No. 178.

200 U.S. 446 (1906)


Supreme Court of United States.

Decided February 19, 1906.

Attorney(s) appearing for the Case

Mr. Wm. Marshall Bullitt, with whom Mr. F.W. Jenkins, Mr. Julien T. Davies and Mr. Charles S. Grubbs were on the brief, for plaintiff in error.

Mr. J.H. Hazelrigg, with whom Mr. N.B. Hays, Attorney General of the State of Kentucky, and Mr. H.R. Prewitt were on the brief, for defendant in error.

MR. JUSTICE PECKHAM, after making the foregoing statement, delivered the opinion of the court.

It appears that the laws of Kentucky require the annual renewal of the permit to any foreign insurance company, in order that the company may continue to do business in the State, and without such license the company is prohibited from doing any business therein.

The writ of error in this case was filed January 27, 1905. and the license was granted July 1, 1904, and expired by its terms, if not sooner revoked, on the first day of July, 1905. The permit, even if illegally revoked prior to that time, became a dead letter on July 1, 1905, so far as constituting any authority to the company to remain in the State and do business therein. If the court should now assume to cancel the revocation it could not thereby reinstate the permit, which has already expired, and the company would still be without power to do business in the State until another permit should be granted. To adjudge that the old permit remained good until the expiration of the year is to adjudge an abstract question, as no relief can be now awarded concerning it. The refusal on the part of the Insurance Commissioner to grant authority to plaintiff to transact business after the old permit had expired does not raise a Federal question. Since the writ of error was filed the permit has ceased to have any effect, and, therefore, an event has occurred which renders it impossible for this court to grant any effectual relief in favor of plaintiff in error. In such case the court will dismiss the writ of error. Mills v. Green, 159 U.S. 651; Tennessee v. Condon, 189 U.S. 64; Jones v. Montague, 194 U.S. 147.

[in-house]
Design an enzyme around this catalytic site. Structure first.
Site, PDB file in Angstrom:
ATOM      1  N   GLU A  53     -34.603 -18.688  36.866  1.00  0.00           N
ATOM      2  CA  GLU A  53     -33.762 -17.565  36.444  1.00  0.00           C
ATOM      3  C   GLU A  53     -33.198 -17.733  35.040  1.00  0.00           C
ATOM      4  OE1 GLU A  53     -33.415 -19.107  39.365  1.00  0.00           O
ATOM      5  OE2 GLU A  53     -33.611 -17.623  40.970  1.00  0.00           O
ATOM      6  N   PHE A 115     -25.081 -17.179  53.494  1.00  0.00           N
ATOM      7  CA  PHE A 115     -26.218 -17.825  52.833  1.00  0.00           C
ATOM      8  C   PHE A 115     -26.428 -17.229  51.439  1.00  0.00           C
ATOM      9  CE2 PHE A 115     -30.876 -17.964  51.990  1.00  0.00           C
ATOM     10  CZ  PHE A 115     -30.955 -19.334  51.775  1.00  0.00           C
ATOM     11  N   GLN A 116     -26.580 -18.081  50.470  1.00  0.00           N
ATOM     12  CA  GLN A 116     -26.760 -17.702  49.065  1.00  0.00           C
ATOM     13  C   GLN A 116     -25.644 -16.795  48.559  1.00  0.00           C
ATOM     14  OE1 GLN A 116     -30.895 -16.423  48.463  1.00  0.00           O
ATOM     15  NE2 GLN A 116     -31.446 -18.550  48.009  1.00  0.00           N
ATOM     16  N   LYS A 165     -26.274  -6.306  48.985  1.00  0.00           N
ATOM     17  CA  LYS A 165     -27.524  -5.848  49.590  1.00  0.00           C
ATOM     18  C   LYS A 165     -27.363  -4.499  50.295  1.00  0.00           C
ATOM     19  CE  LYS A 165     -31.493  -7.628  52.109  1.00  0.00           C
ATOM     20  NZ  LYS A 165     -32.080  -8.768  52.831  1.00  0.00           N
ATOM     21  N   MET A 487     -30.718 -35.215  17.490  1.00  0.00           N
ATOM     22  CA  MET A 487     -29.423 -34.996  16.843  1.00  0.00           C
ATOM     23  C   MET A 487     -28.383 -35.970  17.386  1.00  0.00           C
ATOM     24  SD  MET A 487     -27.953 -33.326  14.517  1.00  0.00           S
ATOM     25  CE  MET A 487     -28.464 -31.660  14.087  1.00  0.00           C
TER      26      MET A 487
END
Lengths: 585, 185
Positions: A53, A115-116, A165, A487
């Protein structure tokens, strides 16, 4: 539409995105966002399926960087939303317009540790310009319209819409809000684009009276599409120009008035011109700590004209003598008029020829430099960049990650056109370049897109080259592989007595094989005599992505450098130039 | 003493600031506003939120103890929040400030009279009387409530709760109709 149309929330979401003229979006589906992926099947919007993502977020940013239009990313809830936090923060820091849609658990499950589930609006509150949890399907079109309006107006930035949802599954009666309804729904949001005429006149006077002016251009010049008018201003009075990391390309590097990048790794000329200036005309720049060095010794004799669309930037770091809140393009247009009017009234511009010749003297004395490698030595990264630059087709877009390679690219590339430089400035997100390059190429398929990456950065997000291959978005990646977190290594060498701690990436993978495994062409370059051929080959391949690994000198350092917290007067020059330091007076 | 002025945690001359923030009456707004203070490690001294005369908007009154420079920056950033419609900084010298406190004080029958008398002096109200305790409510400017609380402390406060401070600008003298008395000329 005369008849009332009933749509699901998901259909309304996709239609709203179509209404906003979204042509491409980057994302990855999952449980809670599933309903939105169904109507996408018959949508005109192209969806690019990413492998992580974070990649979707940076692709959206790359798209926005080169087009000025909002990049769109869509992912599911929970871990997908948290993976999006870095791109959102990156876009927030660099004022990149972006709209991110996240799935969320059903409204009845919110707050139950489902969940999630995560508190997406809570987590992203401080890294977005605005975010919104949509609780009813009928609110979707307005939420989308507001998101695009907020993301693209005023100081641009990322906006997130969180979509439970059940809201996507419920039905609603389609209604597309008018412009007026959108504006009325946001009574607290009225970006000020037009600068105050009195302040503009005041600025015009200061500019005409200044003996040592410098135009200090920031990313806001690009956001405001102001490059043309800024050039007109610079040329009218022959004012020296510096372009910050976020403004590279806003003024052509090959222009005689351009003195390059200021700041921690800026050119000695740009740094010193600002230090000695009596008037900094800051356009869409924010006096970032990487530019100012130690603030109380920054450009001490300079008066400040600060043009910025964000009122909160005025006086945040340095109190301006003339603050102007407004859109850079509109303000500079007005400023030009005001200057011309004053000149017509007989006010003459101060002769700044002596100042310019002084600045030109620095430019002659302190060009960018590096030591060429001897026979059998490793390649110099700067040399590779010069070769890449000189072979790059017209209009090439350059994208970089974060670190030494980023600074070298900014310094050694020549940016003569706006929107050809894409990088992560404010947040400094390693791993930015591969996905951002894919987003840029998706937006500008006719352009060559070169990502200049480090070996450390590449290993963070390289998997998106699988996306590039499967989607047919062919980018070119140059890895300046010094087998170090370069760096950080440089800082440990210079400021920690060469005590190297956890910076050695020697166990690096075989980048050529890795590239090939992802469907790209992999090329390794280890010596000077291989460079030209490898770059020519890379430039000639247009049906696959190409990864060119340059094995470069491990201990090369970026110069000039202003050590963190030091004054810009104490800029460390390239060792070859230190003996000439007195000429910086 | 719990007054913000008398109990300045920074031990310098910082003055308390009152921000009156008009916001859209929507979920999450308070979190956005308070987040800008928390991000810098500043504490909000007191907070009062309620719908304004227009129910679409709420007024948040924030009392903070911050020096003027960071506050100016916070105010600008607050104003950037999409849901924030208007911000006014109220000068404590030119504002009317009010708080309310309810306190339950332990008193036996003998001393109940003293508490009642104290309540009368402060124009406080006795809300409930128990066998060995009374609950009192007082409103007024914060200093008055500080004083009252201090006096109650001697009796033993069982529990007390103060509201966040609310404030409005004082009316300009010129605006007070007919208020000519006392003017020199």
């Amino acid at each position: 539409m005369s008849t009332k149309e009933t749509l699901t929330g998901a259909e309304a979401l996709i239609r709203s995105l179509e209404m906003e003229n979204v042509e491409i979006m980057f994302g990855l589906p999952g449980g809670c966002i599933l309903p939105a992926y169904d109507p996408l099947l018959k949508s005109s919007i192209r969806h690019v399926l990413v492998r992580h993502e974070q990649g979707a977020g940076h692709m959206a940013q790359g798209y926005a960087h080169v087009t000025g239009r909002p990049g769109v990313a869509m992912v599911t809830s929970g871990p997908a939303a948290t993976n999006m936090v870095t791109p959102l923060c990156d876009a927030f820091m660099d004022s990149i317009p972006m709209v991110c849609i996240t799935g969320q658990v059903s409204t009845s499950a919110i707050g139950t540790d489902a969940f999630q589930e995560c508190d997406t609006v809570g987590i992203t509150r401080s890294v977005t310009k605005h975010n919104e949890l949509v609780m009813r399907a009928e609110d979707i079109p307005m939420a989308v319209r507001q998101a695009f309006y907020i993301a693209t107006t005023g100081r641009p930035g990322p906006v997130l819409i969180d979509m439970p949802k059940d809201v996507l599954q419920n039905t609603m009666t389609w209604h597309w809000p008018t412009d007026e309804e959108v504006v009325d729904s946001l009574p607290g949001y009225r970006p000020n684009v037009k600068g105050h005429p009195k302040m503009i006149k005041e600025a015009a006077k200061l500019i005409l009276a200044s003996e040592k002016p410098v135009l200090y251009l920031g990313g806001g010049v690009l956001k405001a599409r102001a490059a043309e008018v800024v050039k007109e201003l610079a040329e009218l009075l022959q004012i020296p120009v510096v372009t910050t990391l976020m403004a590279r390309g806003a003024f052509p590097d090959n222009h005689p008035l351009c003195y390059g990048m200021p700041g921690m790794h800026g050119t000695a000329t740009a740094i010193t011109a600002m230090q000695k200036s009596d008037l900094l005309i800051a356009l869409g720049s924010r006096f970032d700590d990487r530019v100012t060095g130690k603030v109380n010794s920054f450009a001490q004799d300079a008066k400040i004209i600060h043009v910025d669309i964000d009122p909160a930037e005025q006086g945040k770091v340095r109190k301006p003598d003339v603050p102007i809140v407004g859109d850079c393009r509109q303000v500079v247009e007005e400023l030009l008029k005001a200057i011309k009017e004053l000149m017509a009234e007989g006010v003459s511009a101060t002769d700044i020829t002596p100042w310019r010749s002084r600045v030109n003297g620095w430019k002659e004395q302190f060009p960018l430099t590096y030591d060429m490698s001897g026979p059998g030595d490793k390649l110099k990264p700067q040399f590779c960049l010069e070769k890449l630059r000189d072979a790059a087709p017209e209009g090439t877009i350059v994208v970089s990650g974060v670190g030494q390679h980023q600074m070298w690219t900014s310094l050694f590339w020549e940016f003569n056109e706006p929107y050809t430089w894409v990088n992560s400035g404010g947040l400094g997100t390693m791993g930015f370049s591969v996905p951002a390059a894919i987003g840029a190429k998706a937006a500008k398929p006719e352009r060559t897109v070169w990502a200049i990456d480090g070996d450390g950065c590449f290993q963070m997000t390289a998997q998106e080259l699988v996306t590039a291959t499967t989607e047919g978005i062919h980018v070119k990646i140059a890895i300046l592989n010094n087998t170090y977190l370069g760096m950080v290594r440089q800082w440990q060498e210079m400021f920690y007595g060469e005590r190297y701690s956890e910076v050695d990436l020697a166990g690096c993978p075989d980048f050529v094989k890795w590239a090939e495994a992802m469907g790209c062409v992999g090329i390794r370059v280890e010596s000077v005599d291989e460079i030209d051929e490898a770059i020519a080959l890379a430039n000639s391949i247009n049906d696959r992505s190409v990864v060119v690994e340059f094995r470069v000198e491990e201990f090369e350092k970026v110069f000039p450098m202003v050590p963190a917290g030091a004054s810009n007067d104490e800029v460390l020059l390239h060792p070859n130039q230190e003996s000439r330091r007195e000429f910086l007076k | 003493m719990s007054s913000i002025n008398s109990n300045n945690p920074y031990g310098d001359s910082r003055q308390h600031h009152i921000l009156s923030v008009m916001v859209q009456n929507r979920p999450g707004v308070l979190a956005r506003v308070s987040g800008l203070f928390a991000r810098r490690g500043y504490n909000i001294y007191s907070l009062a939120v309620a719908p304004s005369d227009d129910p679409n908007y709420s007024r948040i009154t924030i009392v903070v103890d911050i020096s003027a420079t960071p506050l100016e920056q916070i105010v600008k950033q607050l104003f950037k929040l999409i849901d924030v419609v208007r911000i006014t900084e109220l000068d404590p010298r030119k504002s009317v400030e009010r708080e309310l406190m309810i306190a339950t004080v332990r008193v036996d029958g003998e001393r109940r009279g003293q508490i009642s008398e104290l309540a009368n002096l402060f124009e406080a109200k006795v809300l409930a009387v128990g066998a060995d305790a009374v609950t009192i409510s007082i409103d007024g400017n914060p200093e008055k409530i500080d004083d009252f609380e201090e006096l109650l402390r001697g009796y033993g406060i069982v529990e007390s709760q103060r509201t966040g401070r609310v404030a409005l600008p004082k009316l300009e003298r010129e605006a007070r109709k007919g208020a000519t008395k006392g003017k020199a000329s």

It would seem to be plain that the cancelation of a revocation of a permit, when the permit itself has become of no effect by virtue of the lapse of time, would be useless business, and would give no practical relief to the company.

Writ dismissed.


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